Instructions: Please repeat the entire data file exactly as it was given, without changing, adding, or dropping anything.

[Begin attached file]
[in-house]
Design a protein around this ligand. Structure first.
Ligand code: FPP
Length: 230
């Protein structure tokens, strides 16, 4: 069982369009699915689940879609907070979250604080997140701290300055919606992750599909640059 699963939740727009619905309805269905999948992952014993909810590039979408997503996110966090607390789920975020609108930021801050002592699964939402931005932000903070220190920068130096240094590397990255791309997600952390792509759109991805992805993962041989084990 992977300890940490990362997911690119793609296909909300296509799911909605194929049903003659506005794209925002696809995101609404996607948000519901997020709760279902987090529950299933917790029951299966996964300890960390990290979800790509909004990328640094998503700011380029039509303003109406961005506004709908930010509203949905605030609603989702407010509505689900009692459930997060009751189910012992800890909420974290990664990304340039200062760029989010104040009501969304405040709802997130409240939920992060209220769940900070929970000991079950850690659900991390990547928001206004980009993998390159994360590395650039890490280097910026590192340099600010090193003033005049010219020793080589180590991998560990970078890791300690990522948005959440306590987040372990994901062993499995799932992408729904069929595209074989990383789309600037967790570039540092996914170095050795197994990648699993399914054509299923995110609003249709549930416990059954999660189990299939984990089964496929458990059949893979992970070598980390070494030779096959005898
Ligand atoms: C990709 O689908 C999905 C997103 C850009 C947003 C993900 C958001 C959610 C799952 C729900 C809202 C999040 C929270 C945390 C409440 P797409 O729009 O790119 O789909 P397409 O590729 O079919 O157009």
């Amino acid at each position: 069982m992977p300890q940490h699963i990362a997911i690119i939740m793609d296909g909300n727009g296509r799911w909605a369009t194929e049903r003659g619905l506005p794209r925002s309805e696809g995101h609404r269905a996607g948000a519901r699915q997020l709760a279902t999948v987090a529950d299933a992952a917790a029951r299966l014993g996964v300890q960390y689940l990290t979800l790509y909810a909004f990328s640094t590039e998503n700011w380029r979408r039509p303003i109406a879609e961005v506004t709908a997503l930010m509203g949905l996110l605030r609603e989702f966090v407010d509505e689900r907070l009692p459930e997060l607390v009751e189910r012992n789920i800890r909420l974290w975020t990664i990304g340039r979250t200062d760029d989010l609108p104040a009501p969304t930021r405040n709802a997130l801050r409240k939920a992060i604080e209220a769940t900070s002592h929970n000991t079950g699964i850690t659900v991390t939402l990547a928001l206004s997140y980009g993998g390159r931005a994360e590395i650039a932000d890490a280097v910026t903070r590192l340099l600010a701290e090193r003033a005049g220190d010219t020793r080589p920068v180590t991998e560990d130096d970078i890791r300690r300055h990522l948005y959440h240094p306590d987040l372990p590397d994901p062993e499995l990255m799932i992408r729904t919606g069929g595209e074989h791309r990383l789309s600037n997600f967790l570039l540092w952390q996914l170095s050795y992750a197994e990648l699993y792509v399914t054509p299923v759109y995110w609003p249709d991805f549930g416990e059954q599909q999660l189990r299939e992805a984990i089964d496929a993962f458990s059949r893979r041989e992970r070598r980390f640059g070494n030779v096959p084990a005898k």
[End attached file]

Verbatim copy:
[in-house]
Design a protein around this ligand. Structure first.
Ligand code: FPP
Length: 230
């Protein structure tokens, strides 16, 4: 069982369009699915689940879609907070979250604080997140701290300055919606992750599909640059 699963939740727009619905309805269905999948992952014993909810590039979408997503996110966090607390789920975020609108930021801050002592699964939402931005932000903070220190920068130096240094590397990255791309997600952390792509759109991805992805993962041989084990 992977300890940490990362997911690119793609296909909300296509799911909605194929049903003659506005794209925002696809995101609404996607948000519901997020709760279902987090529950299933917790029951299966996964300890960390990290979800790509909004990328640094998503700011380029039509303003109406961005506004709908930010509203949905605030609603989702407010509505689900009692459930997060009751189910012992800890909420974290990664990304340039200062760029989010104040009501969304405040709802997130409240939920992060209220769940900070929970000991079950850690659900991390990547928001206004980009993998390159994360590395650039890490280097910026590192340099600010090193003033005049010219020793080589180590991998560990970078890791300690990522948005959440306590987040372990994901062993499995799932992408729904069929595209074989990383789309600037967790570039540092996914170095050795197994990648699993399914054509299923995110609003249709549930416990059954999660189990299939984990089964496929458990059949893979992970070598980390070494030779096959005898
Ligand atoms: C990709 O689908 C999905 C997103 C850009 C947003 C993900 C958001 C959610 C799952 C729900 C809202 C999040 C929270 C945390 C409440 P797409 O729009 O790119 O789909 P397409 O590729 O079919 O157009």
């Amino acid at each position: 069982m992977p300890q940490h699963i990362a997911i690119i939740m793609d296909g909300n727009g296509r799911w909605a369009t194929e049903r003659g619905l506005p794209r925002s309805e696809g995101h609404r269905a996607g948000a519901r699915q997020l709760a279902t999948v987090a529950d299933a992952a917790a029951r299966l014993g996964v300890q960390y689940l990290t979800l790509y909810a909004f990328s640094t590039e998503n700011w380029r979408r039509p303003i109406a879609e961005v506004t709908a997503l930010m509203g949905l996110l605030r609603e989702f966090v407010d509505e689900r907070l009692p459930e997060l607390v009751e189910r012992n789920i800890r909420l974290w975020t990664i990304g340039r979250t200062d760029d989010l609108p104040a009501p969304t930021r405040n709802a997130l801050r409240k939920a992060i604080e209220a769940t900070s002592h929970n000991t079950g699964i850690t659900v991390t939402l990547a928001l206004s997140y980009g993998g390159r931005a994360e590395i650039a932000d890490a280097v910026t903070r590192l340099l600010a701290e090193r003033a005049g220190d010219t020793r080589p920068v180590t991998e560990d130096d970078i890791r300690r300055h990522l948005y959440h240094p306590d987040l372990p590397d994901p062993e499995l990255m799932i992408r729904t919606g069929g595209e074989h791309r990383l789309s600037n997600f967790l570039l540092w952390q996914l170095s050795y992750a197994e990648l699993y792509v399914t054509p299923v759109y995110w609003p249709d991805f549930g416990e059954q599909q999660l189990r299939e992805a984990i089964d496929a993962f458990s059949r893979r041989e992970r070598r980390f640059g070494n030779v096959p084990a005898k």